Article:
Ottawa, July 15, 2020— Apart from the devastating toll on human life, COVID -19 has been dubbed the world’s “first mass experiment in remote work,” an unprecedented catalyst for the adoption of internet-enabled work and the gig and sharing economy that has been transforming Canada’s labour force and its relationship work.
The new ICTC study, Loading: The Future of Work, explores the key concepts of this labour market transformation, its economic and social implications, and the opportunities and challenges for creating a resilient and inclusive economy in the post-COVID world.
Technological innovation brought new flexibility and substantial growth and complexity in the digital-platform economy. Advocates of remote work cite recent studies of overwhelming worker support for extending work-from-home arrangements beyond the pandemic, and that most workers are confident they can perform as, or more, effectively in a remote work environment.
Critics worry that this new reality will exacerbate existing and growing class divisions between those who are able to work remotely—often full-time workers with secure employment—and essential workers who do not have this capability and rely on precarious gigs that often lack job security, paid sick leave, health insurance, and employment benefits.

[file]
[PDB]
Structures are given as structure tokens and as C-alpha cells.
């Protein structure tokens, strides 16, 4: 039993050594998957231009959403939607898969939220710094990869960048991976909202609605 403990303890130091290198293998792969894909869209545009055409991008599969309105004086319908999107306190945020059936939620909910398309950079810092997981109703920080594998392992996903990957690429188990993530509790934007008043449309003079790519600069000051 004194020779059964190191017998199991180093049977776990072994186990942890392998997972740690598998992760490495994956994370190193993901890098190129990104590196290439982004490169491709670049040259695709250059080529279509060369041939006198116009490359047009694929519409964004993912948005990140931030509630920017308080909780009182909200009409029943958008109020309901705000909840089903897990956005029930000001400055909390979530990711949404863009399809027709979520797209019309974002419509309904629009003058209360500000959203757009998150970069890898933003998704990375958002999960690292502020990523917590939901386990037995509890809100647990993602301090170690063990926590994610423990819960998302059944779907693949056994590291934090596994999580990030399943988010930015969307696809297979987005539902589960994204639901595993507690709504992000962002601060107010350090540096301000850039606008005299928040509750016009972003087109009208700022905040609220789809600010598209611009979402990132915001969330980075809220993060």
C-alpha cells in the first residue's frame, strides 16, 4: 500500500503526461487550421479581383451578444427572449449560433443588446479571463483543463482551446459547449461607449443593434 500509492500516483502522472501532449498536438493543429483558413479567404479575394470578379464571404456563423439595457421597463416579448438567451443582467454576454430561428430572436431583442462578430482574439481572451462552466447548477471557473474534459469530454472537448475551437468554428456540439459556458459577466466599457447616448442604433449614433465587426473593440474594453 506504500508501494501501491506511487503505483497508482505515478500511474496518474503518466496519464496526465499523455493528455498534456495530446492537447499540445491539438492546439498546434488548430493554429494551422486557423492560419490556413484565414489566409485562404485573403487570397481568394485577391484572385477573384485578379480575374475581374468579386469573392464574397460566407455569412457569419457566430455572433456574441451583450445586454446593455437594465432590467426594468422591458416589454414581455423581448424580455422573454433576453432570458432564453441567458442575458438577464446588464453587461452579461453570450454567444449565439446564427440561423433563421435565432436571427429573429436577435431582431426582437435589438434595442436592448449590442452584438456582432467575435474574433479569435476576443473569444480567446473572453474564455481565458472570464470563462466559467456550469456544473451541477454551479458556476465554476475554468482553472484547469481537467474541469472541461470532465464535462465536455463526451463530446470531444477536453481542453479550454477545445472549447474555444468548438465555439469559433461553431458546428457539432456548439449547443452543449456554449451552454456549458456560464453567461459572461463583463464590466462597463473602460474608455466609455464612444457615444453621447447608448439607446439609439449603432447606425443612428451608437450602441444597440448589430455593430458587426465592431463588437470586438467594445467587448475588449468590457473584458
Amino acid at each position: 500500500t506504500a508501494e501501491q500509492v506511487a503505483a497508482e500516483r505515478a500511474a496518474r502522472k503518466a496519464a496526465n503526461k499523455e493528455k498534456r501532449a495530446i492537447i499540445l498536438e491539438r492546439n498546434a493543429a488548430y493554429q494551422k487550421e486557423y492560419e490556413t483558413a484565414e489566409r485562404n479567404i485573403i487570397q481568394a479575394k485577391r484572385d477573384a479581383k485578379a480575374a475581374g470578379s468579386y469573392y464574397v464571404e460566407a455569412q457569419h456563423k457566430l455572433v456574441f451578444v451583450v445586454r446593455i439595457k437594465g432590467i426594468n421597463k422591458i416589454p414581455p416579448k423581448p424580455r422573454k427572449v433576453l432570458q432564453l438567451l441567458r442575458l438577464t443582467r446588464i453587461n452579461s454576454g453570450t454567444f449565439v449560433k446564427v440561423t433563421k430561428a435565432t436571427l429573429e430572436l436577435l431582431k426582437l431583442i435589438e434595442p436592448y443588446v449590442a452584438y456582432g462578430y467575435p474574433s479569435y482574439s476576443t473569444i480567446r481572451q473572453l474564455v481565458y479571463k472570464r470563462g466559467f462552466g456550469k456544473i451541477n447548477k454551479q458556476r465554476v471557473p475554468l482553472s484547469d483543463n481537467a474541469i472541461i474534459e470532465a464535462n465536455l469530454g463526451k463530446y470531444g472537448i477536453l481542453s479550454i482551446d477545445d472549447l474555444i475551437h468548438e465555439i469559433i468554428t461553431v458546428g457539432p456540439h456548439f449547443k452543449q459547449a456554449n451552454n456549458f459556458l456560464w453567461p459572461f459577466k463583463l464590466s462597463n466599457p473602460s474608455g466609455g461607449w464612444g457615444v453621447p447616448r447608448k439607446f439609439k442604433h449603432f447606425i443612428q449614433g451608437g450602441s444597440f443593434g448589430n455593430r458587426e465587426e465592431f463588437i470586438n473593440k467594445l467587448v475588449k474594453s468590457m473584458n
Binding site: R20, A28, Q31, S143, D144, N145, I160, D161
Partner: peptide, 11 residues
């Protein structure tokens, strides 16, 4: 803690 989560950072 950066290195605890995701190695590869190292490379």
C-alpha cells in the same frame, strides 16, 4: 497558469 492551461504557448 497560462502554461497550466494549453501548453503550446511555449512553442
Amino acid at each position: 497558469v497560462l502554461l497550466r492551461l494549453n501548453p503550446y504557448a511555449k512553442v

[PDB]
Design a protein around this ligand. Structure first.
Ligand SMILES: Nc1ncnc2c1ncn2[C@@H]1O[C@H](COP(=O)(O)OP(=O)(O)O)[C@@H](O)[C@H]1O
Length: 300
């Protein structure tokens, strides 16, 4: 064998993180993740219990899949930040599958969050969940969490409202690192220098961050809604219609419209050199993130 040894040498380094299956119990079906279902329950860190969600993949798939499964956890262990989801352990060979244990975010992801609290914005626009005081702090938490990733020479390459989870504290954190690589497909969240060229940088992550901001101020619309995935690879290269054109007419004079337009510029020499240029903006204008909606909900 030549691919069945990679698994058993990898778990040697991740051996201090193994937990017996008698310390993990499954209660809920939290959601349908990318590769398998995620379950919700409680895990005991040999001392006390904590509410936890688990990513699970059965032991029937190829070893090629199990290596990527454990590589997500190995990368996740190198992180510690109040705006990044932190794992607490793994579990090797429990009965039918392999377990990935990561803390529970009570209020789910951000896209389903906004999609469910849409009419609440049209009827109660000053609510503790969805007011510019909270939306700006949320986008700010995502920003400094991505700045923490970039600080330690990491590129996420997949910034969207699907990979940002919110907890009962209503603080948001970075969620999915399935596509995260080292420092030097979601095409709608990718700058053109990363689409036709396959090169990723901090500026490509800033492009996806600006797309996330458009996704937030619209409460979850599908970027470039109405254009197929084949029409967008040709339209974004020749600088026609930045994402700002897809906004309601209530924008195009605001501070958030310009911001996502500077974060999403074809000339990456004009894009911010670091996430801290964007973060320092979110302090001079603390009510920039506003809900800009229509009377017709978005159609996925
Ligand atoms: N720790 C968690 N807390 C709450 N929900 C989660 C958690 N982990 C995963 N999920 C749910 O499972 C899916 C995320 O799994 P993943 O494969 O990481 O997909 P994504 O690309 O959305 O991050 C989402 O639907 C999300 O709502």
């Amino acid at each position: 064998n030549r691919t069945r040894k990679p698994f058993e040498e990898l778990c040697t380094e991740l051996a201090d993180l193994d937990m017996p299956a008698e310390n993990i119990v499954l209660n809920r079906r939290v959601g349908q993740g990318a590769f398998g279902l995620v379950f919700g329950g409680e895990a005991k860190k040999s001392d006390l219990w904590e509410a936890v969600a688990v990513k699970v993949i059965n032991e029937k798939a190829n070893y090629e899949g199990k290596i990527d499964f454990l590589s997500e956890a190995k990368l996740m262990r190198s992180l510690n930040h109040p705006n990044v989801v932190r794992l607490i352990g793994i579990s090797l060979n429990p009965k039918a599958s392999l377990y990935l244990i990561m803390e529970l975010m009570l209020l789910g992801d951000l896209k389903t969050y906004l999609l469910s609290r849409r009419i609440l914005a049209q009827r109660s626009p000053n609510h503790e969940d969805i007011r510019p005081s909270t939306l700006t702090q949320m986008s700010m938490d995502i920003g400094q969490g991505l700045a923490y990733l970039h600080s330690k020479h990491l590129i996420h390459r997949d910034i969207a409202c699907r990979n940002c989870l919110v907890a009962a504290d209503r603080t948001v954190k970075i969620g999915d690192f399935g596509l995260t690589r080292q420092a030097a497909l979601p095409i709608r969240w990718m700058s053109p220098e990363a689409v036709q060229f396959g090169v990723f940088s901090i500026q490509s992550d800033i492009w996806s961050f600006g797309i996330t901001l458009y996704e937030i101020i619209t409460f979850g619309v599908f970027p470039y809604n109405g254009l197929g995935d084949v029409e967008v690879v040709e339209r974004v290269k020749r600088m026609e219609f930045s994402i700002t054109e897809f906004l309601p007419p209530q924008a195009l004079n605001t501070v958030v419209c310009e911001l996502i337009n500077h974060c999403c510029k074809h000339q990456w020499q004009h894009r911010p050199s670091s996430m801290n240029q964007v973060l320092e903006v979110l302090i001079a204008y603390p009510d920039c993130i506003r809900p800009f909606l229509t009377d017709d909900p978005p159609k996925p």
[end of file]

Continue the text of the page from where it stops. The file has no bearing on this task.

Further complexities include the global competition for skills and talent, the rise of digital platforms as an accelerator of self-employment and temporary work (more than 40% of the Canadian workforce was employed on a non-permanent basis in 2017), and workplace trends such as millennials changing jobs twice as frequently as Gen Xers in their first 10 years of employment.
This study is comprised of primary and secondary research, and also explores key regulatory considerations for the gig economy, including employment classification, unionization, and COVID-19’s impact on the regulatory landscape.
”We are on the cusp of a new era of labour market shifts and workplace transformation spurred by the advent of advanced digital technologies and expedited by the recent COVID-19 events. This research is pivotal for examining the changing nature of work and its socioeconomic impacts on the labour market in Canada,” said ICTC president and CEO Namir Anani.
ICTC is a not-for-profit, national centre of expertise for strengthening Canada’s digital advantage in a global economy. Through trusted research, practical policy advice, and creative capacity-building programs, ICTC fosters globally competitive Canadian industries enabled by innovative and diverse digital talent. In partnership with a vast network of industry leaders, academic partners, and policy makers from across Canada, ICTC has empowered a robust and inclusive digital economy for over 25 years.
For media inquiries or further information about Loading: The Future of Work, please contact Paul Stastny at [email protected] or 403.351.0138 Ext. 823.
This project is funded in part by the Government of Canada’s Sectoral Initiatives Program.
A copy of the study can be accessed here.
A French version of this press release is available here.